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Los Angeles | L.A. THEN AND NOW

WWII Soldier's Heroism Sent a Message About Prejudice

Torrance's Ted Tanouye fought and died for a nation that incarcerated his family.

July 04, 2004|Cecilia Rasmussen | Times Staff Writer

A few days later, on Sept. 1, Tanouye was crouching to inspect a German land mine along the Arno River when another soldier accidentally tripped the wire. Tanouye took most of the blast, shielding Sgt. Hideo Kuniyoshi.

"If it weren't for Ted, I wouldn't be alive," Kuniyoshi said in a video tribute to Tanouye. Kuniyoshi is flying here from Hawaii for the unveiling of the memorial to the man who died in his stead.

As Tanouye was carried away on a stretcher, Kuniyoshi remembered, he called to his men, "Go for broke!," the motto of the 442nd. Tanouye died five days later.

Seven months later, his mother was temporarily released from the internment camp and taken by military escort to a ceremony in Little Rock, where she received her son's Distinguished Service Cross. Medal in hand, she was returned to the camp.

In 2000, Tanouye's cross was upgraded to a Medal of Honor. "Rarely has a nation been so well served by a people it had so ill treated," President Clinton said at a White House ceremony honoring Tanouye, 19 other Japanese Americans, a Filipino American and a Chinese American.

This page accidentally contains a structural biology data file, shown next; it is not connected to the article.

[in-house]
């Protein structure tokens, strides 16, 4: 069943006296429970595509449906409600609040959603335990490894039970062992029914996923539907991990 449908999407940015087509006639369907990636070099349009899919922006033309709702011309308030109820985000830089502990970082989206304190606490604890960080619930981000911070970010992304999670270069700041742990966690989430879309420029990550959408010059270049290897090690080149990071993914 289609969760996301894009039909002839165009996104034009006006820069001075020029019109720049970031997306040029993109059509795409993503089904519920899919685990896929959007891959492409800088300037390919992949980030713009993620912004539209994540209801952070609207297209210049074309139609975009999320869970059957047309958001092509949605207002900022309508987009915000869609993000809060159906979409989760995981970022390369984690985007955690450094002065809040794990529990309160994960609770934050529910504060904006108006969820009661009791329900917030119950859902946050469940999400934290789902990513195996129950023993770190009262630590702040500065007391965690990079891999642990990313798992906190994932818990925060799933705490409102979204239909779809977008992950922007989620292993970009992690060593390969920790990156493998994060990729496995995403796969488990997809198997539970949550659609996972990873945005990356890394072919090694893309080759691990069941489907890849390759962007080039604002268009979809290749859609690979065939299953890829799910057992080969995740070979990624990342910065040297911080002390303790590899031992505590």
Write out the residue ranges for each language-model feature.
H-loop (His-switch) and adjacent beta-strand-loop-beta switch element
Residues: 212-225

A short video about Tanouye's life will be shown at Wednesday's ceremony, which follows last year's renaming of the Torrance National Guard armory after him. Documentarians Craig Yahata and Robert Horsting pieced together photos and interviews with family members, classmates, military friends and current Torrance High students.

"He wasn't like other sergeants," Pvt. Rudy Tokiwa says in the video. "He had patience and tried to explain things to his men, not just give us orders."

Horsting said that Tanouye, 24, was "one of the oldest in his platoon and he felt he had to protect his men, who were mostly only 18 years old."

Tanouye and Shimatsu were buried in Italy. In 1948 they were exhumed and returned to Los Angeles. Their funerals were held simultaneously at the Buddhist Temple in Little Tokyo, and they were buried side by side at Evergreen Cemetery.

Seven years after Tanouye died, his youngest brother, Yukiwo, serving in the Army, was killed in the Korean War. He was buried on the other side of his brother.

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